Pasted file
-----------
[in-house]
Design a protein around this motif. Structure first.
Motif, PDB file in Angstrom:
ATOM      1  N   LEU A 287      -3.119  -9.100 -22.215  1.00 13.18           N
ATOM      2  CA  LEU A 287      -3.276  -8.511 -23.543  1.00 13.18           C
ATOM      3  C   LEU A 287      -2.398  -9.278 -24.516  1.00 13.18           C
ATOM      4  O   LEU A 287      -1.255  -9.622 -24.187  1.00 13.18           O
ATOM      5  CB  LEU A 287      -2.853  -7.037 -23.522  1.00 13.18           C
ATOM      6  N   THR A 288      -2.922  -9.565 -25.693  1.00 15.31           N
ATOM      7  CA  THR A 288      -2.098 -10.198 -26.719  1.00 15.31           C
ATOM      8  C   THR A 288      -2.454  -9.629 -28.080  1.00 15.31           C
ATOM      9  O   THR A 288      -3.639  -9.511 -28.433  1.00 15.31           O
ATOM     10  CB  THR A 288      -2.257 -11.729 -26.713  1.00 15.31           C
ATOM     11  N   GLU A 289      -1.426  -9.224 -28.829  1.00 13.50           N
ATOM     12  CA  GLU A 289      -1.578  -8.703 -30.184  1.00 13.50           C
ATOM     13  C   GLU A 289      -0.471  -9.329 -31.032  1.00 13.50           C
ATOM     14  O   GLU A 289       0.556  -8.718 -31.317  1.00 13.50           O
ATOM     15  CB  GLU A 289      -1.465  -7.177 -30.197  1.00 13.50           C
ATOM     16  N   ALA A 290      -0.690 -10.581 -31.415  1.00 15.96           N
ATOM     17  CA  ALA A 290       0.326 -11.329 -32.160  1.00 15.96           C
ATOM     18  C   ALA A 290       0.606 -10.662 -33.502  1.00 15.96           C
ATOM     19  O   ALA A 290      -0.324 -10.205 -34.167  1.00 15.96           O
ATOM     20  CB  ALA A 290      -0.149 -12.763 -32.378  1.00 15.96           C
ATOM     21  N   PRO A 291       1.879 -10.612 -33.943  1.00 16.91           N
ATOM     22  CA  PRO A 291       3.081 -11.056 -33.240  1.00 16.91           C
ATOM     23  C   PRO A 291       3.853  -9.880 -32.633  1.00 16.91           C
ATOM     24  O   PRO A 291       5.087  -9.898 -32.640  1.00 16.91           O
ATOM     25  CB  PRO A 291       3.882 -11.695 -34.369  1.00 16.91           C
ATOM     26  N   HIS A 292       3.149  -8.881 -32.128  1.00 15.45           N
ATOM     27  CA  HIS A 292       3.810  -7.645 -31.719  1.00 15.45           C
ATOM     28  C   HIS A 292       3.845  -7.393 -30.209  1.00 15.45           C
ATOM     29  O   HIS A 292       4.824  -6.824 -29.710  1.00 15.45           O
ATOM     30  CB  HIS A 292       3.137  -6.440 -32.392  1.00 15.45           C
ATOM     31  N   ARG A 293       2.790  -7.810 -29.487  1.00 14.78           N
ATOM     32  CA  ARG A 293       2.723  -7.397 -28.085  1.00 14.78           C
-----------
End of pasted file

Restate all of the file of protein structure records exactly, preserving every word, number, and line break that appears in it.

[in-house]
Design a protein around this motif. Structure first.
Motif, PDB file in Angstrom:
ATOM      1  N   LEU A 287      -3.119  -9.100 -22.215  1.00 13.18           N
ATOM      2  CA  LEU A 287      -3.276  -8.511 -23.543  1.00 13.18           C
ATOM      3  C   LEU A 287      -2.398  -9.278 -24.516  1.00 13.18           C
ATOM      4  O   LEU A 287      -1.255  -9.622 -24.187  1.00 13.18           O
ATOM      5  CB  LEU A 287      -2.853  -7.037 -23.522  1.00 13.18           C
ATOM      6  N   THR A 288      -2.922  -9.565 -25.693  1.00 15.31           N
ATOM      7  CA  THR A 288      -2.098 -10.198 -26.719  1.00 15.31           C
ATOM      8  C   THR A 288      -2.454  -9.629 -28.080  1.00 15.31           C
ATOM      9  O   THR A 288      -3.639  -9.511 -28.433  1.00 15.31           O
ATOM     10  CB  THR A 288      -2.257 -11.729 -26.713  1.00 15.31           C
ATOM     11  N   GLU A 289      -1.426  -9.224 -28.829  1.00 13.50           N
ATOM     12  CA  GLU A 289      -1.578  -8.703 -30.184  1.00 13.50           C
ATOM     13  C   GLU A 289      -0.471  -9.329 -31.032  1.00 13.50           C
ATOM     14  O   GLU A 289       0.556  -8.718 -31.317  1.00 13.50           O
ATOM     15  CB  GLU A 289      -1.465  -7.177 -30.197  1.00 13.50           C
ATOM     16  N   ALA A 290      -0.690 -10.581 -31.415  1.00 15.96           N
ATOM     17  CA  ALA A 290       0.326 -11.329 -32.160  1.00 15.96           C
ATOM     18  C   ALA A 290       0.606 -10.662 -33.502  1.00 15.96           C
ATOM     19  O   ALA A 290      -0.324 -10.205 -34.167  1.00 15.96           O
ATOM     20  CB  ALA A 290      -0.149 -12.763 -32.378  1.00 15.96           C
ATOM     21  N   PRO A 291       1.879 -10.612 -33.943  1.00 16.91           N
ATOM     22  CA  PRO A 291       3.081 -11.056 -33.240  1.00 16.91           C
ATOM     23  C   PRO A 291       3.853  -9.880 -32.633  1.00 16.91           C
ATOM     24  O   PRO A 291       5.087  -9.898 -32.640  1.00 16.91           O
ATOM     25  CB  PRO A 291       3.882 -11.695 -34.369  1.00 16.91           C
ATOM     26  N   HIS A 292       3.149  -8.881 -32.128  1.00 15.45           N
ATOM     27  CA  HIS A 292       3.810  -7.645 -31.719  1.00 15.45           C
ATOM     28  C   HIS A 292       3.845  -7.393 -30.209  1.00 15.45           C
ATOM     29  O   HIS A 292       4.824  -6.824 -29.710  1.00 15.45           O
ATOM     30  CB  HIS A 292       3.137  -6.440 -32.392  1.00 15.45           C
ATOM     31  N   ARG A 293       2.790  -7.810 -29.487  1.00 14.78           N
ATOM     32  CA  ARG A 293       2.723  -7.397 -28.085  1.00 14.78           C